HIV/AIDS patients in NYC forced to choose between paying for rent or basic needs

 

Wanda Hernandez is one of many New Yorkers with HIV struggling to pay rent and for basic needs. Bess Adler, Metro
Wanda Hernandez is one of many New Yorkers with HIV struggling to pay rent and for basic needs. Bess Adler, Metro

Every month, Wanda Hernandez considers whether to use her cash for bills, rent or possibly medical care.

Having lived for 15 years with HIV, Hernandez, 50, has chronic pain blocking her from work. But the largest chunk of her disability assistance goes toward the $1,000 rent for her 1-bedroom in the Bronx, near Arthur Avenue.

“I have to choose between paying my Con Ed or my rent, basically,” she told Metro.

She is one of many HIV patients who use have to use more than 70 percent of their disability income on rent, according to a new study by VOCAL-NY, which helps people with HIV/AIDS, and the Urban Justice Center’s Community Development Project.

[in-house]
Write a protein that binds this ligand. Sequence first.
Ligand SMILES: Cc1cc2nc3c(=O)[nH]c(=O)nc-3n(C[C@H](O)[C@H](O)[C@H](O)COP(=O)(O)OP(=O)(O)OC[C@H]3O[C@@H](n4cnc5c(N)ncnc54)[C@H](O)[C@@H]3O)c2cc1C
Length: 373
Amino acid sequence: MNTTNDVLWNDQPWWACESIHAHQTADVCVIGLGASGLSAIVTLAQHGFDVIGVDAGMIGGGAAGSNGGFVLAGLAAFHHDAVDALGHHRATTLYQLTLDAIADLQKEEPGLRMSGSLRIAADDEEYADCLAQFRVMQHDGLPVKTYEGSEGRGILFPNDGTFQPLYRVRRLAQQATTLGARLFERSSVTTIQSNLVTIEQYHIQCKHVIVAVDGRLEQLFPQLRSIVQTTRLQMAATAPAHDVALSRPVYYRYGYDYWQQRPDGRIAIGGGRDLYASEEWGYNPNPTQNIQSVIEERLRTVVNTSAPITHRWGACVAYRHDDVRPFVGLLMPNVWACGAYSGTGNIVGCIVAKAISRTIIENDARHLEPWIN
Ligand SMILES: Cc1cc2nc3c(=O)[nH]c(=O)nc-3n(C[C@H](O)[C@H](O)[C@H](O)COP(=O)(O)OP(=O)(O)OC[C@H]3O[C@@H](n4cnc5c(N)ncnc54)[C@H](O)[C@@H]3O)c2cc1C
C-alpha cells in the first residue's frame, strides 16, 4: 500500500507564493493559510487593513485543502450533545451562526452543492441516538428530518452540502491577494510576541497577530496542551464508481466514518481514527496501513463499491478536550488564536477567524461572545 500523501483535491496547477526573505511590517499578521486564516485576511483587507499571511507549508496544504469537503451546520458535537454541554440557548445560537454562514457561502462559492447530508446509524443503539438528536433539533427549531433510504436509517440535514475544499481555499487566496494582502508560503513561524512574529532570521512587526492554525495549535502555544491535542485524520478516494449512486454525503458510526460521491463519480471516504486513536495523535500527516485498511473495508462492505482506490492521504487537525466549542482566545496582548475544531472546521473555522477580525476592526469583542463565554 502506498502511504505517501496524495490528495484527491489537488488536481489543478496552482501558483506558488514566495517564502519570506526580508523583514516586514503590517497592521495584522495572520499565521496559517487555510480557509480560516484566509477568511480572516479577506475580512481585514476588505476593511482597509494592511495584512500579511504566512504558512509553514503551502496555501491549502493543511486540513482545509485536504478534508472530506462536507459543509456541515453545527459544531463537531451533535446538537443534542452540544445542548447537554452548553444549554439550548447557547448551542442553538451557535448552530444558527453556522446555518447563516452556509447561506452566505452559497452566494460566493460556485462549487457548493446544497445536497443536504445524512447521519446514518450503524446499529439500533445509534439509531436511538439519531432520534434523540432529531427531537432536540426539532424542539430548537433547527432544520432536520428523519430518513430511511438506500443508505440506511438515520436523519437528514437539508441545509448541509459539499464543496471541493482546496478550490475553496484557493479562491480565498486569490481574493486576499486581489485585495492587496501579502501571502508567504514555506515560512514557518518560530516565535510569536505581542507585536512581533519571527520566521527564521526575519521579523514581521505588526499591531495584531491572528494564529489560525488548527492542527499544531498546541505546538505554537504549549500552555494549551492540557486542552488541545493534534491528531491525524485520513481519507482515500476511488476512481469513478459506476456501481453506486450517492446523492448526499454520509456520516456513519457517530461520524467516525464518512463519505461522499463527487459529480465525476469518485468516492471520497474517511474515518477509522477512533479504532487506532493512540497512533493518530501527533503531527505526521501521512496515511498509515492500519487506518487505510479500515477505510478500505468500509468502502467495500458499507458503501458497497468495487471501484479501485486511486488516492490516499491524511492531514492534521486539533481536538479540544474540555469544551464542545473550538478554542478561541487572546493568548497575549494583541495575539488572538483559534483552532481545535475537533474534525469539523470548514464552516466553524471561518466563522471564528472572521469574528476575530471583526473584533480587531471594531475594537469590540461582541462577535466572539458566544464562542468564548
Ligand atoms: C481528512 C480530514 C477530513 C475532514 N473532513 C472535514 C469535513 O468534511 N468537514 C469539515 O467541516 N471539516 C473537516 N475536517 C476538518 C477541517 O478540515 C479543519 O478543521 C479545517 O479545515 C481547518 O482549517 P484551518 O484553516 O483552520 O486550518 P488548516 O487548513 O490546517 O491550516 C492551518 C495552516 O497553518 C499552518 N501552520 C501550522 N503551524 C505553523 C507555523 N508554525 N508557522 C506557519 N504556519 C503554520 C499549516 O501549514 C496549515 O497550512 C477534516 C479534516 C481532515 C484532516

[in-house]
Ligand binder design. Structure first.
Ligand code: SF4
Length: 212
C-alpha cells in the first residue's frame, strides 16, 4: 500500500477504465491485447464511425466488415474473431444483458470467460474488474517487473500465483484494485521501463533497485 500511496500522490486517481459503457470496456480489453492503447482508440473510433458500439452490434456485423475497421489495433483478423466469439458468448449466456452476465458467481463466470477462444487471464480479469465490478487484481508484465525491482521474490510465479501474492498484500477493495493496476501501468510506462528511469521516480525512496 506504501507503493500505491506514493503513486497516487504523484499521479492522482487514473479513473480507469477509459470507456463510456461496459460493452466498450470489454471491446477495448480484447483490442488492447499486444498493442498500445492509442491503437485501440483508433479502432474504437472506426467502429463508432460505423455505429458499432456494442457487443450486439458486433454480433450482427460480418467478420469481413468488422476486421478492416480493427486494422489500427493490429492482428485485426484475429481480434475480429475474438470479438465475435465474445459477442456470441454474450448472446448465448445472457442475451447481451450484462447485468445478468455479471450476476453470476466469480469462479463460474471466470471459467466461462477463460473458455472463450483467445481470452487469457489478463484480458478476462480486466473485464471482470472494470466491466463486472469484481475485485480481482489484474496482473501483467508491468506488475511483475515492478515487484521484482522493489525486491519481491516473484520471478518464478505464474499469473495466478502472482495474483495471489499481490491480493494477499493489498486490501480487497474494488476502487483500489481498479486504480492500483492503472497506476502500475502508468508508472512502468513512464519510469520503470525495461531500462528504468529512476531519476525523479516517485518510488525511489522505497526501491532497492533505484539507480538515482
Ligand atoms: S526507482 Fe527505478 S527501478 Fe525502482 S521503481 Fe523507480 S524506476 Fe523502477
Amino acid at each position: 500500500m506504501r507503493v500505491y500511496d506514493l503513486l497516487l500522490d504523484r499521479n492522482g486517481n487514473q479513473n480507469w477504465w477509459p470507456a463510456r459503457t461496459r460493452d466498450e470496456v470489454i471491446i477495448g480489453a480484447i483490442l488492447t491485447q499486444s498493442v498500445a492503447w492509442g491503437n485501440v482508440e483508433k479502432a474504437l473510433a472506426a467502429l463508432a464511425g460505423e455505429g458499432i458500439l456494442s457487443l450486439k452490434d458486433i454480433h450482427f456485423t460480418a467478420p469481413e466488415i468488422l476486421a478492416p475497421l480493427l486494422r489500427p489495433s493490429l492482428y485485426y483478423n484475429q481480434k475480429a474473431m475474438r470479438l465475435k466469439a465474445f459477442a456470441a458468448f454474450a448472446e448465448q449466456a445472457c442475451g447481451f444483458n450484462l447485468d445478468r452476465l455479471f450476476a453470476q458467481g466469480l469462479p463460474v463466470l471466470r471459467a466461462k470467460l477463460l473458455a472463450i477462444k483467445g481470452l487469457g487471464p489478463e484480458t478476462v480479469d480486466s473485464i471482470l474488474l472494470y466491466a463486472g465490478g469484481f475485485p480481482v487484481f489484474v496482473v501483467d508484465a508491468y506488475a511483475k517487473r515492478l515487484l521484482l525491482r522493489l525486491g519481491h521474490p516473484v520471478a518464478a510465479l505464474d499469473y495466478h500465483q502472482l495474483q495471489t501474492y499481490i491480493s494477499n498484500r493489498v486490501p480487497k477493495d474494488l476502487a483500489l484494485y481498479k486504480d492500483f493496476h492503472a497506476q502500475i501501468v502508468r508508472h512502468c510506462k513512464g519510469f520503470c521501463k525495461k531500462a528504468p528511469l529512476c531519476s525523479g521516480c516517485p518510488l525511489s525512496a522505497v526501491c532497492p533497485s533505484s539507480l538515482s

As a result, thousands become homeless, unable to afford rent checks, the Friday report said.

Study organizers say that a state bill would protect them by ensuring they pay no more than 30 percent of their disability income toward affordable housing rent.

In the study, more than two-thirds of people said they decided between rent and necessities like medical care in the six months before losing their apartment.

And one in three struggled to pay medical expenses, the study revealed.

“Those living with HIV/AIDS should not have to choose between their medication and housing,” Assemblyman Robert Rodriguez said.

After rent, Hernandez has about $340 monthly, she said, or about $12 a day — scraped together for food, utilities and unexpected expenses like recently dropping her phone in the toilet.

She can’t get to her medical appointments sometimes because she can’t afford the Metrocard.

Con Ed shut off her lights last week, she said, and she faces a hearing Tuesday about possible eviction.

“I am very petrified,” she said. “I don’t know what the outcome is going to be.”

Before, she worked two places, going from an administrative assistant position to a bar job at night. Now, she is not sure how to move forward.

“I haven’t broken down yet,” she said. “It doesn’t mean that I’m superwoman, but I do have my point, when I break down.”



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